China’s lockdown protest NFTs emerge, Candy Digital cuts staff and more
China’s COVID-19 protests cemented as NFTs
Nonfungible tokens (NFTs) depicting the ongoing protests in China against the country’s tough zero-tolerance COVID-19 policy have found their way to the NFT marketplace OpenSea.
At least two collections were created in November. The first is a Polygon-based collection called Silent Speech, featuring 135 NFTs depicting images of protesters, signage, graffiti and even social media screenshots related to the ongoing protests up for auction starting at 0.01 Ether (ETH), or just under $11.50.
Another collection titled Blank Paper Movement of 36 Ethereum-based NFTs with a floor price of 10 ETH, or nearly $11,800, features a more artistic take as the images of the protests appear to be painted.
Holding a blank sheet of paper has emerged as a symbol representing the suppression of speech in the rare and widespread protests which have flared up across China since Nov. 14, starting with residents of Guangzhou, one of China’s biggest cities, tearing down police barricades in response to COVID-19 related measures.
Demonstrators in Beijing hold blank pieces of paper in a rally against the communist government.This idea developed during a student movement by a group of high school students in HK. pic.twitter.com/jRmnQ50Mlz
— 鄉港 (@sabaocean) November 28, 2022
The protests intensified on Nov. 24 as a fire that day in a high-rise building in the northwestern city of Urumqi killed 10 people.
Some Chinese internet users believe residents weren’t able to escape due to extreme lockdown measures, which have included authorities wiring or welding doors shut.
Candy Digital lays off staff
NFT company Candy Digital has reportedly laid off a sizeable portion of its workforce amid turbulent crypto market conditions and a massive dip in NFT trading volumes this year.
More than one-third of the company’s roughly 100 employees were cut, according to a Nov. 28 report from the sports industry outlet Sportico.
It’s unclear the reason for the layoffs and if any particular departments were affected, as Candy Digital has not publicly addressed the layoffs. The former community content manager at Candy Digital, Matthew Muntner, in a Nov. 28 Twitter post, publicly confirmed he was part of the staff cuts:
I hate that I have to share this as much as I loved my job at @CandyDigital but I was part of the layoffs that occurred earlier today.
I am quickly looking for a new role in Community Management, Graphic Design, or related Marketing.
Thanks, Candy Fam for one hell of a ride ❤️
— Muntner (@muntnerdesigns) November 28, 2022
Cointelegraph contacted Candy Digital for comment but did not receive an immediate response.
Candy Digital was launched in June 2021, backed by sports e-commerce store Fanatics, crypto-friendly entrepreneur Gary Vaynerchuk and Galaxy Digital CEO Mike Novogratz.
The company quickly gained partnerships with sports leagues, including Major League Baseball, NASCAR’s collaborative Race Team Alliance, and several college athletes. It was valued at $1.5 billion in Oct. 2021 following a $100 million funding round.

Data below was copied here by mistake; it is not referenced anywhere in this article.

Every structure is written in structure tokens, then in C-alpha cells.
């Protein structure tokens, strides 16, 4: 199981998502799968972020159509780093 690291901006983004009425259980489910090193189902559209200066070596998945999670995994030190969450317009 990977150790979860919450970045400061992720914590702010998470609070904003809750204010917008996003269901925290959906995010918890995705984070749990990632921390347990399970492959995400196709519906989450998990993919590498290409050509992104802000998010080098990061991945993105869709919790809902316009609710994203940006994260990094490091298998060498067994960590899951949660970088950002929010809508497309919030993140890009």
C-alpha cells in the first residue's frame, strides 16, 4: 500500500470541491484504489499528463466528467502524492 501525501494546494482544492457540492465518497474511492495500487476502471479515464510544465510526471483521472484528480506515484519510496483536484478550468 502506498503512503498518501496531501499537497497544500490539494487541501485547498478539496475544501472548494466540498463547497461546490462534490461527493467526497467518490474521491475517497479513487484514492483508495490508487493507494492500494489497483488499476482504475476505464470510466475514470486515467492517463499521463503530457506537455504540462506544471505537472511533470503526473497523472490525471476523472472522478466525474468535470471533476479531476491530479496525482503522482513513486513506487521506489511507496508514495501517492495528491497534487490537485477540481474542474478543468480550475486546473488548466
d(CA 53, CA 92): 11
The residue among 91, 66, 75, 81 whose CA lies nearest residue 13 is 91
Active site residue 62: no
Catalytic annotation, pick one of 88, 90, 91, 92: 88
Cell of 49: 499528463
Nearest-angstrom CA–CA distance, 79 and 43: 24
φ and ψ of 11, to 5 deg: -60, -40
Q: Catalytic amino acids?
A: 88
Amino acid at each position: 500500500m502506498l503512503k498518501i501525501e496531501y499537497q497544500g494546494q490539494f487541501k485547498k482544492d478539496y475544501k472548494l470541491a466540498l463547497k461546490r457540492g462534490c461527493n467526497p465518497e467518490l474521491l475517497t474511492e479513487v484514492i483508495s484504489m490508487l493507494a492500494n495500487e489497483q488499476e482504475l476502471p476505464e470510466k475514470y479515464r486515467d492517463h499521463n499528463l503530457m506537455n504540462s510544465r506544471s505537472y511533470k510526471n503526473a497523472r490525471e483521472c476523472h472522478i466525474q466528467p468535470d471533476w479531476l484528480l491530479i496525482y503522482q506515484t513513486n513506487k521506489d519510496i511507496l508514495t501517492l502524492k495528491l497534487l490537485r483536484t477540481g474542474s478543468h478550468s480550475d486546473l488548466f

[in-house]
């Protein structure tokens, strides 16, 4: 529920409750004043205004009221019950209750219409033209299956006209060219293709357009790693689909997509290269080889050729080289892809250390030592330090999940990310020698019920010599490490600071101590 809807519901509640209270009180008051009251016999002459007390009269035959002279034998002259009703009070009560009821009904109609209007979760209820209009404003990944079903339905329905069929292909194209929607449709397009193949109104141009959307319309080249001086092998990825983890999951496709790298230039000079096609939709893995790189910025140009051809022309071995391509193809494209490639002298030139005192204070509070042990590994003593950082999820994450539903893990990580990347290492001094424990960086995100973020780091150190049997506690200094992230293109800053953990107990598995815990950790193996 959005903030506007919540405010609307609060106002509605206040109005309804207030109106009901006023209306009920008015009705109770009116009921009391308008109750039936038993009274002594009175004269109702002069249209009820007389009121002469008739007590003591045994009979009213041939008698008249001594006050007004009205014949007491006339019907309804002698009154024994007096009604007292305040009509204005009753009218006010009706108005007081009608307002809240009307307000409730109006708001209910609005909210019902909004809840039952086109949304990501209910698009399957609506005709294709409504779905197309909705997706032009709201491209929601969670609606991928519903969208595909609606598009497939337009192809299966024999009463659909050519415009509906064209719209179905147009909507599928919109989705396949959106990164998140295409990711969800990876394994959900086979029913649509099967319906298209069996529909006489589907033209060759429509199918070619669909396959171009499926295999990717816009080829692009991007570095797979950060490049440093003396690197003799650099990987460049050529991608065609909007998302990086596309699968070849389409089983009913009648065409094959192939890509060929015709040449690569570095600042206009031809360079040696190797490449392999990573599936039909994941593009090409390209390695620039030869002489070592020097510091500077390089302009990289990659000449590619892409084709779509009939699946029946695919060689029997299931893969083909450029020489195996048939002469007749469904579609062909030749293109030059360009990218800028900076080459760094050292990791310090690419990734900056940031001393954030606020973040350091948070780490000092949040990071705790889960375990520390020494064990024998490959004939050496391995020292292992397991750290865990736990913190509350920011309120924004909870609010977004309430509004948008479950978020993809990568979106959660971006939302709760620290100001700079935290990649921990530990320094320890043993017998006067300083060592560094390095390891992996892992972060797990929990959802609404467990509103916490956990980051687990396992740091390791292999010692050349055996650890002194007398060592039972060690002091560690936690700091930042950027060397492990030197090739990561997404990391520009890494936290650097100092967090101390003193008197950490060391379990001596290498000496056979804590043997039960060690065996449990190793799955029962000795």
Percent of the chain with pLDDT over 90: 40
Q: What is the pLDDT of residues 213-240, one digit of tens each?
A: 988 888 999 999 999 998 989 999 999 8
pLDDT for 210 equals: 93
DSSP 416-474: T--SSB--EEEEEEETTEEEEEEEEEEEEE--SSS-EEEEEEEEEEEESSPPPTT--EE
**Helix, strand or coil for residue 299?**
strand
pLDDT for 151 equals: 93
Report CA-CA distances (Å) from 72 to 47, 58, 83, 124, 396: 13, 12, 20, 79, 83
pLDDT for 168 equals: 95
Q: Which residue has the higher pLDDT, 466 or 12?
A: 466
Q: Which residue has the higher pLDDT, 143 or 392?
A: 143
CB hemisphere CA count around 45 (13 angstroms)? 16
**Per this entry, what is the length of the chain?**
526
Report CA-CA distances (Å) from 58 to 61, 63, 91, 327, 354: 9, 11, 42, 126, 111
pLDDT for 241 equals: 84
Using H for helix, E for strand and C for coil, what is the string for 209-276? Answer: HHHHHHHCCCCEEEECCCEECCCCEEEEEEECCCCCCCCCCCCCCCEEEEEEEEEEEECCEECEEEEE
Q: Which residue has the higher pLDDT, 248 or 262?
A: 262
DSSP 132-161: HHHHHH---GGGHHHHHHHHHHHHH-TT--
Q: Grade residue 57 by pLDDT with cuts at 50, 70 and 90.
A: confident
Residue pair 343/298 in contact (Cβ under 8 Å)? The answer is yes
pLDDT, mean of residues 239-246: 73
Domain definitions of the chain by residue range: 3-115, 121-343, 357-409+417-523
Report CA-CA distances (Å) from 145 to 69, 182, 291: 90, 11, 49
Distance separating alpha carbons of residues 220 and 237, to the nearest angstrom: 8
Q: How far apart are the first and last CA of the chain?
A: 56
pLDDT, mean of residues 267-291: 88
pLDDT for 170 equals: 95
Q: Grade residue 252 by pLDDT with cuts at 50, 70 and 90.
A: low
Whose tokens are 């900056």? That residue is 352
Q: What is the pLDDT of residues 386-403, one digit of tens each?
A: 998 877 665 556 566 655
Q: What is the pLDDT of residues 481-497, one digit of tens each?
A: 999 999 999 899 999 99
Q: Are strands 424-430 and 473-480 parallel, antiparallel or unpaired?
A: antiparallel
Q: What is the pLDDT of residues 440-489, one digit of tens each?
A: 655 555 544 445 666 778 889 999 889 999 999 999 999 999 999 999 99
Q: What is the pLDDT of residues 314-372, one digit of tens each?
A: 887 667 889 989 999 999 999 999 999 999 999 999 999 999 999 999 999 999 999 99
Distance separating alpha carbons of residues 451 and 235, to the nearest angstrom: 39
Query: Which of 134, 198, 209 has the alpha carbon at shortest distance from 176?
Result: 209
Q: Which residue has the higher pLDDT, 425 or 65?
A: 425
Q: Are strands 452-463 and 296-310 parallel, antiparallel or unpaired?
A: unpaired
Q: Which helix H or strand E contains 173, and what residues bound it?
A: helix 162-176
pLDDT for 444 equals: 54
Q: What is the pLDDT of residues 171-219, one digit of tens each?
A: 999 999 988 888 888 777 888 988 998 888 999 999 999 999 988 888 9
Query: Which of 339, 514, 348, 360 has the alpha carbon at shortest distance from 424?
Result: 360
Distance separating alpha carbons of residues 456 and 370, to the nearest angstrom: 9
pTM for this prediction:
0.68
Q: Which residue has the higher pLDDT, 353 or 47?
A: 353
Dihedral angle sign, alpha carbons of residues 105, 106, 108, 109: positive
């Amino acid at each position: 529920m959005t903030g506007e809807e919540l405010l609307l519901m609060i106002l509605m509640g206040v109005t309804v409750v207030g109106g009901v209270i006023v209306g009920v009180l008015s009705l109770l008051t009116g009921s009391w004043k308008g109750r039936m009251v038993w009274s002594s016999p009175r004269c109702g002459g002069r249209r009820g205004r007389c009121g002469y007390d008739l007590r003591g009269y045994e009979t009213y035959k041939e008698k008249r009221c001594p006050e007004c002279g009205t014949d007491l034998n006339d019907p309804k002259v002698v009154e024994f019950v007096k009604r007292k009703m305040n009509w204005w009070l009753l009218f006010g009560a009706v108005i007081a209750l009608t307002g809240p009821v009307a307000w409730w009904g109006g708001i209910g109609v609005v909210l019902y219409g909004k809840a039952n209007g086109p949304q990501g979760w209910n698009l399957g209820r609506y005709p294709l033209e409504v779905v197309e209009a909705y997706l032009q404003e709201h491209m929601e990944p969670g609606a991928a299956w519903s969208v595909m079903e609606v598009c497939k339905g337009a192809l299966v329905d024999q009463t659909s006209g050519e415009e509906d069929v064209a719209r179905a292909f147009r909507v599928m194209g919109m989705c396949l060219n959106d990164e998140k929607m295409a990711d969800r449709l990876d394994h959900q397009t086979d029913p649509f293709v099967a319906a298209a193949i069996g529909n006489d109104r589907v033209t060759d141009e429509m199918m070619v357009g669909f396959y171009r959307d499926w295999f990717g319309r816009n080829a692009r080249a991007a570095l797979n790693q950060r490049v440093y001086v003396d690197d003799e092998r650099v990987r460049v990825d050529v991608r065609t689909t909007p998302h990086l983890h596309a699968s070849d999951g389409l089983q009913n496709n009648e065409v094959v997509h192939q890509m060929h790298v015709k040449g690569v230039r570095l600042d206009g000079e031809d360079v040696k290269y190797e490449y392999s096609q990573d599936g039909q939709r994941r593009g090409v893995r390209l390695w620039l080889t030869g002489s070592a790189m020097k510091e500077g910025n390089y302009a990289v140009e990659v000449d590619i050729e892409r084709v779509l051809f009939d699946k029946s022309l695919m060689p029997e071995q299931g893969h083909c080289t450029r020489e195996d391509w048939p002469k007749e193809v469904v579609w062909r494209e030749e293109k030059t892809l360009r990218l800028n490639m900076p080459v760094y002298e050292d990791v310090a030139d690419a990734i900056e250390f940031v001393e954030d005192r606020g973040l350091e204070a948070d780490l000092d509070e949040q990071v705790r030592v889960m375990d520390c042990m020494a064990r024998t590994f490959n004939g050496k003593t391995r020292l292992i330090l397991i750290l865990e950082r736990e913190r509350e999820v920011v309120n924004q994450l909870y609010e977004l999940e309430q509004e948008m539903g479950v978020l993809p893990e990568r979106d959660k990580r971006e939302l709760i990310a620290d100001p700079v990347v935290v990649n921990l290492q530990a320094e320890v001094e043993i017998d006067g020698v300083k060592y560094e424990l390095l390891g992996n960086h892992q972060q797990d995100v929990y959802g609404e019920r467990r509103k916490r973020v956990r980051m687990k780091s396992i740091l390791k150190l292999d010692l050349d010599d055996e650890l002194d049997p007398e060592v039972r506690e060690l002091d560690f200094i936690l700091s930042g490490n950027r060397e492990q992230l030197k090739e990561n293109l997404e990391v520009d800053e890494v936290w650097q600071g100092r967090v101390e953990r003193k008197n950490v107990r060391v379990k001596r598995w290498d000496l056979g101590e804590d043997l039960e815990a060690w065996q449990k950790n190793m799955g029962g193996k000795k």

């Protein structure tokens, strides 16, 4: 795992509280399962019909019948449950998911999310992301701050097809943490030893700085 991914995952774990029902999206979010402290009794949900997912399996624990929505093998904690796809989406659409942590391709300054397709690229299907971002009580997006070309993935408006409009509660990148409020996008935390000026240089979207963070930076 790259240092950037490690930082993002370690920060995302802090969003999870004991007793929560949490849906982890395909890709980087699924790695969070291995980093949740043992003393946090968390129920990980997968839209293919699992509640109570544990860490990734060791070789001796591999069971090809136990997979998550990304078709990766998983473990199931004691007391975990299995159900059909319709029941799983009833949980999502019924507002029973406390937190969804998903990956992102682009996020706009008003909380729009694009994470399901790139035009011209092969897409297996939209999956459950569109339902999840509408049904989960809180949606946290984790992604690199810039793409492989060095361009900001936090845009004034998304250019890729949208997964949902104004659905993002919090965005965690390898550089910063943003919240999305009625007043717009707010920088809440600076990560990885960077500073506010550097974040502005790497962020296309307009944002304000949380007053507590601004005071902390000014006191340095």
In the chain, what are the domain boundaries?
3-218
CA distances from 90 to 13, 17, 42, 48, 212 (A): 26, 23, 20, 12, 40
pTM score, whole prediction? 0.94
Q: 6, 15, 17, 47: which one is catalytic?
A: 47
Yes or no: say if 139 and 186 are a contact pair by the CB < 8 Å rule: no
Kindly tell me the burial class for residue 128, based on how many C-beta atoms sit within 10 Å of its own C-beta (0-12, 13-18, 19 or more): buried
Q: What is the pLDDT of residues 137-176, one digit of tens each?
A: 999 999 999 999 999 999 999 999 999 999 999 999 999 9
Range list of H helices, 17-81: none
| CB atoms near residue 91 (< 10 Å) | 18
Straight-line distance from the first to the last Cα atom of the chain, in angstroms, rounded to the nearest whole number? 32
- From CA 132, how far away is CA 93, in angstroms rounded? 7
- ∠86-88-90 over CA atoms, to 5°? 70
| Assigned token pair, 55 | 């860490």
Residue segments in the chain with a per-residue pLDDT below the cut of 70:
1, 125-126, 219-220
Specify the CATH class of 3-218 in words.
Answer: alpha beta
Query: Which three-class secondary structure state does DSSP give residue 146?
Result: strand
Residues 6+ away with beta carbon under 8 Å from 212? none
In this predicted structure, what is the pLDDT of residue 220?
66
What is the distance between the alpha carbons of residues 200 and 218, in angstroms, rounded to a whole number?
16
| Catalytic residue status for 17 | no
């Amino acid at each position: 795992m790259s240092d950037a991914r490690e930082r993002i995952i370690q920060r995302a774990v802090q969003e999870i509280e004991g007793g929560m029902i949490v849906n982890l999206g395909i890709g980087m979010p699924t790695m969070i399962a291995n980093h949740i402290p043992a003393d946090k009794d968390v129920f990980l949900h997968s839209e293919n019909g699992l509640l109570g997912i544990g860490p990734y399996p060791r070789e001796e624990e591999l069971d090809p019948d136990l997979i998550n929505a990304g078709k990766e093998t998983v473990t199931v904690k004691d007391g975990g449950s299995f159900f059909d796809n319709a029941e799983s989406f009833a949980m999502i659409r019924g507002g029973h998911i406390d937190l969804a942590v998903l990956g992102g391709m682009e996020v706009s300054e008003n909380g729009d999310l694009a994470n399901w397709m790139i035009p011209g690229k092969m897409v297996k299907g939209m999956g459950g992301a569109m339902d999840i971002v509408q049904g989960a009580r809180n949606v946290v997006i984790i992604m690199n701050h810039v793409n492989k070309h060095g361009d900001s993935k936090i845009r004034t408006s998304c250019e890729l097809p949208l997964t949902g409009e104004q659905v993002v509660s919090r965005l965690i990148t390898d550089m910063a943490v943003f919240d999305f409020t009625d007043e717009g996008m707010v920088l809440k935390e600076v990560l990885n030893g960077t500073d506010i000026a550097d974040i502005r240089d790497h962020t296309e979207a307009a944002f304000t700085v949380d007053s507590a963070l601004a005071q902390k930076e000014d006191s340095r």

Candy Digital’s layoffs follow others across technology firms such as NFT protocol Metaplex’s Nov. 17 cuts of “several members” of its team, Meta’s Nov. 9 layoff of 11,000 employees, and Flow blockchain developer Dapper Labs’ Nov. 2 layoffs of roughly 130 employees.
Bored & Hungry restaurant runs pop-up at Phillippine blockchain week
The Long Beach-based NFT-themed burger restaurant Bored & Hungry has set up a pop-up shop at the Philippine Blockchain Week, which kicked off on Nov. 28 local time.
It’s the first time the restaurant has operated in South East Asia. The brand also operated a pop-up french fry stand at NFT.London in early November.
Grilling in Manila for 3 days only!
Home of the Trill Burger, America’s best burger of 2022: @BorednHungry is bringing their apes and burgers to Manila! pic.twitter.com/RuDBy6Ykjg
— Philippine Blockchain week (@philblockchain) November 27, 2022
The restaurant first opened in April and is themed using the owner’s intellectual property of his owned Bored Ape Yacht Club and Mutant Ape Yacht club NFTs and accepted ETH and ApeCoin (APE) as payment.
Around two months after its opening, in June, the store inexplicably stopped accepting cryptocurrency as a form of payment, likely due to the drop in crypto prices.
Ripple’s XRP Ledger hits new record NFT sale
Ripple’s XRP Ledger blockchain has recorded a new record NFT sale, with an XPUNK NFT — a clone of the popular Ethereum-native CryptoPunk NFTs — selling for 108,900 XRP (XRP), about $44,000 at the time of sale on Nov. 25.
The #XRPL has a new record! An @XRPLPUNKS NFT just got sold for 108900 $XRP (44000 USD). This is just the beginning for #NFTonXRP.
— onXRP.com (@onXRPdotcom) November 25, 2022
The sale was a result of an open auction with over 20 people in a Discord voice chat, according to the XPUNKS official Twitter account. It refused to disclose the purchaser but said “the community knows who it is.”
Related: The metaverse is a new frontier for earning passive income
The XRP Ledger introduced NFTs on Oct. 31 with the introduction of the XLS-20 standard that was first proposed on May 25, 2021, the NFTs feature “automatic royalties” for creators.
More Nifty News
The community-led decentralized autonomous organization (DAO) made up of ApeCoin holders launched its own NFT marketplace on Nov. 24, featuring only Yuga Labs-backed collections.
Following the surprise win of the Saudi Arabian soccer team at the FIFA World Cup over Argentina on Nov. 22, the floor price of a Saudi Arabian-themed NFT collection unrelated to the team jumped by 52.6%, with some appearing to view the tokens as an indirect way to bet on the success of soccer teams.